How losing a client helped me find better ones

assorted puzzle game
Ensuring the right fit is key to an abundance mindset

Last month’s blog post about the Scaled Agile Framework (SAFe as it’s known) not being agile was a real barn burner. Across multiple platforms it’s reached over 100k views and continues to be the most popular thing on my blog in recent memory. I didn’t write it to get clicks. I wrote it because I believed in the idea and decided it was time to share it broadly after repeated requests for my opinion on the topic. I also knew there would be backlash. And there was, though it’s been fairly mild. The most serious result of the backlash was a lost client opportunity with a large American healthcare company. The prospective client, who I’d been chasing for a couple of months for a commitment, wrote me back declining the proposal and closing the email with, “That’s [whether SAFe is agile or not] a debate I’d love to have with you, but it’s not one we’d want to pay for.”

It’s never fun losing gigs. It made me second guess whether I should have published the article in the first place. Coincidentally, earlier that day I read this article, 5 Ways to Go From Scarcity to an Abundance Mindset. The article discusses Steven Covey’s definition of these concepts from his legendary book, The 7 Habits of Highly Effective People. Covey defines the terms this way:

“Scarcity mentality refers to people seeing life as a finite pie, so that if one person takes a big piece, that leaves less for everyone else.”

“An abundance mindset refers to the paradigm that there is plenty out there for everybody.”

This concept got me thinking about the application of these ideas in my own life. While many of us have been trained by the corporate world to have a scarcity mentality — there are only so many promotions, so much money in the pool for raises, this many job openings, so many customers in a given market, etc — is it possible to shift to one of abundance? One that truly believes there’s plenty of opportunity out there for everyone. 

As a consultant I’ve learned over the years that this is a cyclical business. There is always that one point in the year where the pipeline goes dry for a bit and those inevitable thoughts creep in that culminate with the panicked internal scream, “No one will ever hire me again!” After losing the gig due to my article the scarcity mindset kicked in. Can I find another lead? What if that hole in my pipeline never gets filled? Leaning into this conversation with some colleagues they quickly helped me see that I’d actually dodged a bullet. An organization whose approach to work varies significantly from the one I teach is not a good fit. Letting them go — whether their decision or mine — makes room for a future client who will be a better fit. This is the abundance mindset. And this is the goal.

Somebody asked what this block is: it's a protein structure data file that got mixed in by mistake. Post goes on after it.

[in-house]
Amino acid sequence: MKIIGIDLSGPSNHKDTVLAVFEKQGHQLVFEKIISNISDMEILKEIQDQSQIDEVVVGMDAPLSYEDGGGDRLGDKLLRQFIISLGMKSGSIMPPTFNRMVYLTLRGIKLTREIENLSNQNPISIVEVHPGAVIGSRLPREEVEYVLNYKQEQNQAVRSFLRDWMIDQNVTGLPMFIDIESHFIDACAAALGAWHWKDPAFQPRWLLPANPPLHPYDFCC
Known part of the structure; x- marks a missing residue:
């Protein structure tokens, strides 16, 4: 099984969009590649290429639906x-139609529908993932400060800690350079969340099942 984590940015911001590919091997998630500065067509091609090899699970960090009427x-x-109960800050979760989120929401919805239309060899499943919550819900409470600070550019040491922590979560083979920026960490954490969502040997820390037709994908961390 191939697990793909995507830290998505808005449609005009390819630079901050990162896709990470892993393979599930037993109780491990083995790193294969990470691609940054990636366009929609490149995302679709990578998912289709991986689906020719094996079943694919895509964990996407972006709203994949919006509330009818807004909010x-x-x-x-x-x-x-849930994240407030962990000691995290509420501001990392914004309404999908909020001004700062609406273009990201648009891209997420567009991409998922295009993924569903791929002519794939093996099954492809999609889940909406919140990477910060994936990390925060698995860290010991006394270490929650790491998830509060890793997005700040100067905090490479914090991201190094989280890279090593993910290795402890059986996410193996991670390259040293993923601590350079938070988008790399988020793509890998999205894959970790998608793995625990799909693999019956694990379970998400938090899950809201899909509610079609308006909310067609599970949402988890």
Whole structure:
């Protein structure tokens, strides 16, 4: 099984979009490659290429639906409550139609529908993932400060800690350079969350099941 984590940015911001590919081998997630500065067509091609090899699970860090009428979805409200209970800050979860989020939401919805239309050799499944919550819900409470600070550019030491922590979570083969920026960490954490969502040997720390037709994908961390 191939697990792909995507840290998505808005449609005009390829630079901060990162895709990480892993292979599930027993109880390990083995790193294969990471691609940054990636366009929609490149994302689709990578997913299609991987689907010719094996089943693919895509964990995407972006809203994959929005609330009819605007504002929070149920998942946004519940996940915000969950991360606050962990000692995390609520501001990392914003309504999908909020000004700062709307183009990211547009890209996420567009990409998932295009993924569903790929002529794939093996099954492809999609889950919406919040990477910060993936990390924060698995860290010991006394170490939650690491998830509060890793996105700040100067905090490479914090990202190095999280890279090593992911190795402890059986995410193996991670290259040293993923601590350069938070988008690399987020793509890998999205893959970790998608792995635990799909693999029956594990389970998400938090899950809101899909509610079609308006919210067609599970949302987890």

There are situations where a scarcity model is the only one that makes sense and is the main driving force towards personal and professional goals. In Olympic sports there is only one gold medal. There is only one “best”, “fastest”, “strongest” athlete. But the majority of us aren’t Olympic athletes. We’re knowledge workers and in knowledge work there is infinite abundance. 

We’re knowledge workers and in knowledge work there is infinite abundance.

The pace of change in technology, consumer consumption habits, new delivery channels, innovation and creativity ensures that our audiences and markets are always expanding. There’s always something new to pursue, consume and share. People have multiple photo sharing apps on their phones. They carry multiple credit cards. They read multiple online writers and listen to many podcasts. Look, you’re reading this email newsletter right now. How many other newsletters are available to you? And this is good news for writers, podcasters, product people, companies and creators in general. 

Shifting mindset from scarcity to abundance is hard. There’s a belief that you have to do that first before your actions can change. The truth is that the opposite is true. As John Shook, Lean transformation expert, said in his description of how he helped transform the culture of GM’s fabled NUMMI automotive plant, you have to “act your way to a new way of thinking.” In other words we have to act like we have an abundance mindset before we can actually develop one. Sometimes that means having an external event happen to us — like my prospective client rejecting my proposal. Sometimes it means critically looking at the work you’re about to do and asking yourself whether this is the best use of your time. Yes, it will get you paid but if you didn’t do it, what else could you do? What opportunities would that open up for you?

If there are infinite opportunities out there for all of us, how can we deliberately shift our practices towards doing the work we actually want to do in an effort to create the space to do more of it in the future?

What’s worked for you?

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